Breaking news alert: our highly evolved brains continue to let us down. As much as we would like to pretend that we are completely rational, logical, and thoughtful beings – especially at work – most of us struggle with bias of the cognitive kind. Cognitive biases are systematic errors in our thinking that arise because our minds use heuristics or mental shortcuts, instead of spending the energy required to fully process the concept at hand.
Not surprisingly, these biases are hidden and powerful. Indeed, they are so powerful because they are hidden in plain sight. Because we are largely blind to cognitive biases, we are unaware of how they impact our decision-making, inform our approach to persuading others, and even dictate our perception of past and future events. But as leaders in government and the private sector, we cannot afford to make sub-optional decisions, ineffective resource allocations, or faulty arguments during critical times. A lazy brain just won’t do.
The good news is that these biases can be overcome. The first step is to be aware of what they are and how they impact our thinking. As the old saying goes “knowledge is power.” Once we know how our brain tricks us in predictable ways, we know what to look for. Then, we can intervene more thoughtfully to correct our thoughts and behaviors by thinking harder and more deeply.
Many of us are familiar with, or have at least heard of, the more common biases. Three common ones are confirmation bias (we seek to reaffirm what we already believe to be true; see rise of fake news), the sunk cost fallacy (we needlessly throw good money after bad because we are already “invested”; see US involvement in Afghanistan), and hindsight bias (everything seems obvious after the fact; see election of Donald Trump). However, there are a set of deeper, more complex biases that also creep into our place of work. They are more subtle and harder to discern. I will share three that I frequently observe in my line of work.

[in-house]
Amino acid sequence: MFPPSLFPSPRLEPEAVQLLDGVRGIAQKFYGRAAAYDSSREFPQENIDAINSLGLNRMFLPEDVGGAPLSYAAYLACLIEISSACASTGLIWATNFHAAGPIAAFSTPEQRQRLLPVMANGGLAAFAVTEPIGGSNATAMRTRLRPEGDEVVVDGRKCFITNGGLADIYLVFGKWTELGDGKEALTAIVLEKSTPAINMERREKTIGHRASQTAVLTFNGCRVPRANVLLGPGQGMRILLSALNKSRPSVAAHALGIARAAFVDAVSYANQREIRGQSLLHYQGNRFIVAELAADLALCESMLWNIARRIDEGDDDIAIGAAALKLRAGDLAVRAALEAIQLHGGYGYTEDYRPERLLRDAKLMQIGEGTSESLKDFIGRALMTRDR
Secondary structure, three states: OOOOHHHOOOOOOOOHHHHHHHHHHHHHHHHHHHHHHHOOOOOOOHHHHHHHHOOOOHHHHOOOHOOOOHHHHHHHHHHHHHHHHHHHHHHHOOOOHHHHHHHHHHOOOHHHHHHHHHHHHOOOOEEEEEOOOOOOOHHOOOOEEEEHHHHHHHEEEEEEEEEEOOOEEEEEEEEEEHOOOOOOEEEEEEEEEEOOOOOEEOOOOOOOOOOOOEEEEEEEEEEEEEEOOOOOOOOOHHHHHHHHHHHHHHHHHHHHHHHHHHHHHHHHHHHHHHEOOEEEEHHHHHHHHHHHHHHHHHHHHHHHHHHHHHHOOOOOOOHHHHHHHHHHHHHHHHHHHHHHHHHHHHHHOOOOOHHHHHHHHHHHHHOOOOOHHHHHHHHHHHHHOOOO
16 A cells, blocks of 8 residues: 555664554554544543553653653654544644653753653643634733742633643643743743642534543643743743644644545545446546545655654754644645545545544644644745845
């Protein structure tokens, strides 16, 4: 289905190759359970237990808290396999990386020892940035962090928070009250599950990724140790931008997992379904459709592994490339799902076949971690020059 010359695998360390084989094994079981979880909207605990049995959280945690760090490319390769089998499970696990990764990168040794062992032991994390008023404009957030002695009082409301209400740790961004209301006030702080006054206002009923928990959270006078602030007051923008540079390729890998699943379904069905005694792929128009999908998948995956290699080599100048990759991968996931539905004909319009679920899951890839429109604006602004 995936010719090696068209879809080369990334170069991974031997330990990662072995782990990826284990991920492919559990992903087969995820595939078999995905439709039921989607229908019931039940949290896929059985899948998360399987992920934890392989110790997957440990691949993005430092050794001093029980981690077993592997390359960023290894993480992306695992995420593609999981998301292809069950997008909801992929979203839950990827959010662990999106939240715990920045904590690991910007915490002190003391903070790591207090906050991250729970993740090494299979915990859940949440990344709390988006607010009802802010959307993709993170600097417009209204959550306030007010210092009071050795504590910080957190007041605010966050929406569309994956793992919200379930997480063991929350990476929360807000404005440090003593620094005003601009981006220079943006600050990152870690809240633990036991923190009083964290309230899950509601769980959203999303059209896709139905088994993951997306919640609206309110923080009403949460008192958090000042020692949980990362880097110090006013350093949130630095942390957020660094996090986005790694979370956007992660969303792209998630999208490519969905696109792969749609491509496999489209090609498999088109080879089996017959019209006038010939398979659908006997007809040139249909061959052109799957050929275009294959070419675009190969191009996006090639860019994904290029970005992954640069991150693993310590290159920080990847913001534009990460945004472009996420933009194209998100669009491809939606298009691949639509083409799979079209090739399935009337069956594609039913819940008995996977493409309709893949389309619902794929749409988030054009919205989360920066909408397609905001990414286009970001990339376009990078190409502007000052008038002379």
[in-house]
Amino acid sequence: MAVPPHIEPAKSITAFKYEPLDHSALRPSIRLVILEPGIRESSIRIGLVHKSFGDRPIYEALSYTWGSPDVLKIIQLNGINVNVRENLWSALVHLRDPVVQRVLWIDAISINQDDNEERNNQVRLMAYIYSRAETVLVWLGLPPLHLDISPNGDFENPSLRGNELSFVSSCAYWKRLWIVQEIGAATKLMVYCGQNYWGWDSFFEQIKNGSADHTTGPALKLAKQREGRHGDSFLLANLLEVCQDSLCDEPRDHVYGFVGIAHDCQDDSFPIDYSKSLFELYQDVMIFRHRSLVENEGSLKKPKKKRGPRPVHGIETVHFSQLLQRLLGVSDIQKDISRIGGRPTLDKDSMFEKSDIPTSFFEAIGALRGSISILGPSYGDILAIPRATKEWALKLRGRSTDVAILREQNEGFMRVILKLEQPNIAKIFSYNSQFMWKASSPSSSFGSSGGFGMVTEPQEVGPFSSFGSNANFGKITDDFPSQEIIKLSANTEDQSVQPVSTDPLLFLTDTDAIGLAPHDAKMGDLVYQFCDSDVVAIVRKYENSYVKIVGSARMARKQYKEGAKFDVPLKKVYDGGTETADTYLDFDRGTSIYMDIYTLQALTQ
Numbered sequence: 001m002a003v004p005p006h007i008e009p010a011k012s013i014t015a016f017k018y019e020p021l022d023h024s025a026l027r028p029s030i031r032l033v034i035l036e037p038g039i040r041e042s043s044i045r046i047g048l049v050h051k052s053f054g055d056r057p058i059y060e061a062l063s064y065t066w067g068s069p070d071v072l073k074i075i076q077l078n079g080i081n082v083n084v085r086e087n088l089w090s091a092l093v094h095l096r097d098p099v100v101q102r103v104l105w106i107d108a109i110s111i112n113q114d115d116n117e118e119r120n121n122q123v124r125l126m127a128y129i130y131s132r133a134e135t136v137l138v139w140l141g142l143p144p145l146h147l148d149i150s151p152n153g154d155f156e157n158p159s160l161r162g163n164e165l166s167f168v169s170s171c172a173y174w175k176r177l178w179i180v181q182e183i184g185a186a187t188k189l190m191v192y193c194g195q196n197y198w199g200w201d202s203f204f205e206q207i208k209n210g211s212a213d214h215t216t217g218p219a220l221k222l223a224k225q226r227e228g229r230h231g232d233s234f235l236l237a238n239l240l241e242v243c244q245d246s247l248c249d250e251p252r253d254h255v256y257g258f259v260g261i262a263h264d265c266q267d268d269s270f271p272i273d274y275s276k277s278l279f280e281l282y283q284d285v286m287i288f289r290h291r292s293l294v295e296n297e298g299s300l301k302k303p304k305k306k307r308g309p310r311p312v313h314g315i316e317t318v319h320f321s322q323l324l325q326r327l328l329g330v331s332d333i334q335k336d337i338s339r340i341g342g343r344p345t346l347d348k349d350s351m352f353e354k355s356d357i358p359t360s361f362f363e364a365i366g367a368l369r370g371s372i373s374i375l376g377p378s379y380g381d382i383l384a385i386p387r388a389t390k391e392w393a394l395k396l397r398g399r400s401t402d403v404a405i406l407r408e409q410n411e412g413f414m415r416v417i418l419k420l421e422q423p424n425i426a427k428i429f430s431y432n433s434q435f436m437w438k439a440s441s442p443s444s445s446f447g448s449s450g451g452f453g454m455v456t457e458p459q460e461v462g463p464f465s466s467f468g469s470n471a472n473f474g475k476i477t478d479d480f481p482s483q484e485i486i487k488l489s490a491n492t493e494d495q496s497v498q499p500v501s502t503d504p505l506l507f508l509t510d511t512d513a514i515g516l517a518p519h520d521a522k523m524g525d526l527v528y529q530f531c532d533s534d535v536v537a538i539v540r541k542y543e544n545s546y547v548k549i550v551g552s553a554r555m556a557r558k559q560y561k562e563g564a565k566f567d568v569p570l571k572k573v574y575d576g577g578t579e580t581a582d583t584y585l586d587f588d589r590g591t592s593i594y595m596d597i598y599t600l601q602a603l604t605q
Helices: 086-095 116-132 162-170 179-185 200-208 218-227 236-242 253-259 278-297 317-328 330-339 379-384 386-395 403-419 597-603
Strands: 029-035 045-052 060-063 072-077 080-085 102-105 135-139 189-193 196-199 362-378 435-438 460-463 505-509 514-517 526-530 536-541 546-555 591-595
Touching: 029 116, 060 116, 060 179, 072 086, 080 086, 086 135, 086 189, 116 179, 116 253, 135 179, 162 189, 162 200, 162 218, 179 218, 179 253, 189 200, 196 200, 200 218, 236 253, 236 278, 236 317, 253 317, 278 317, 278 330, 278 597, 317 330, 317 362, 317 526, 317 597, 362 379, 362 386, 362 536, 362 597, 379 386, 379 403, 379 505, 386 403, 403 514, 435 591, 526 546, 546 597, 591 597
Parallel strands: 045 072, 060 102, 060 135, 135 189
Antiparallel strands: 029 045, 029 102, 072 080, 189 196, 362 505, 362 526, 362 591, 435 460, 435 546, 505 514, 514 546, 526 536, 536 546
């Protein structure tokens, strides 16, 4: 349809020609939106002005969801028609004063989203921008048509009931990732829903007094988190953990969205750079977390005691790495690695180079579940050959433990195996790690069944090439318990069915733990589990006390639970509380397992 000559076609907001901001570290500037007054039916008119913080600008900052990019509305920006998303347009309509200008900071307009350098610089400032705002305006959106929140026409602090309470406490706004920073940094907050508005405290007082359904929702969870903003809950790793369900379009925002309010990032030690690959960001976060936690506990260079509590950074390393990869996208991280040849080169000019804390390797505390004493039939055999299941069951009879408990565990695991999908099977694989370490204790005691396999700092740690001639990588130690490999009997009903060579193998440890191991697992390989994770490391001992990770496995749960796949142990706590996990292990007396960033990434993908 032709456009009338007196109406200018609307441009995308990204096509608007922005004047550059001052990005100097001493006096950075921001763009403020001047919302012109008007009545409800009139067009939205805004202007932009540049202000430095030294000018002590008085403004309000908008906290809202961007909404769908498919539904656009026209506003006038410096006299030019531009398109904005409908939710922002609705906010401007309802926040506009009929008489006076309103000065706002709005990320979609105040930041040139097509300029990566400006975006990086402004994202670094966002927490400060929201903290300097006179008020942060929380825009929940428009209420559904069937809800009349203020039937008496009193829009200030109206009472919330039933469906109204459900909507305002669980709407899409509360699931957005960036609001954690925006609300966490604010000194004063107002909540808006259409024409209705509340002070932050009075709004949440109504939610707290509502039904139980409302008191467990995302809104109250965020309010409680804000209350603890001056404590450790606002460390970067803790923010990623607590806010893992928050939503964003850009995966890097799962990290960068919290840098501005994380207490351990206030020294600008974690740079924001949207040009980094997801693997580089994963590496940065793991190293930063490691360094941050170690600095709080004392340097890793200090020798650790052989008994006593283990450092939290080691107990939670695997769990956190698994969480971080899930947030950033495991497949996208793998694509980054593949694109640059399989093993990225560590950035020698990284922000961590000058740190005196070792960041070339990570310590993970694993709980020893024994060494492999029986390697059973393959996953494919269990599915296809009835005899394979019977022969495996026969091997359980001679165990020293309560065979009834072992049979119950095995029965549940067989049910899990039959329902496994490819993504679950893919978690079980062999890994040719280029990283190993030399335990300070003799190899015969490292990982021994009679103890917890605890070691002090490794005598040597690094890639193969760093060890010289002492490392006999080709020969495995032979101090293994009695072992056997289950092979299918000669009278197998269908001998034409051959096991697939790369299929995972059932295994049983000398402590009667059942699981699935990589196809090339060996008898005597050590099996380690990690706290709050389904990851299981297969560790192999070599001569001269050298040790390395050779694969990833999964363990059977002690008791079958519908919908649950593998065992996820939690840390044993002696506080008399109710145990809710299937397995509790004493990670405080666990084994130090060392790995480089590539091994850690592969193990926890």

#1 – The Dunning-Kruger Effect
“An expert is an ordinary fellow from another town.” – Mark Twain
Have you ever been in a meeting when a colleague makes a statement regarding a complex topic with absolute certainty and utmost confidence? Of course you have. And how often has this unwavering opinion swayed the collective into siding with your overly confident colleague? Many times. Unfortunately, odds are that your colleague is wrong. What is more, they know far less about the topic than they think they do. The world today is filled with self-proclaimed “experts” who never doubt themselves. They argue louder and more forcefully than the rest of us. Of course, the current political climate and the presence of the internet don’t help matters.
However, the Dunning-Kruger (a strange manifestation of illusory superiority) effect suggests that true experts actually understand the limitations of their knowledge which makes them seem less like experts. Knowing the boundaries of one’s understanding is the definition of expertise. Thus, experts tend to engage more intellectually honestly and with greater nuance when it comes to making recommendations and/or drawing conclusions. In some ways, the more you know about a topic, the less confident you seem to be about it because you know so much.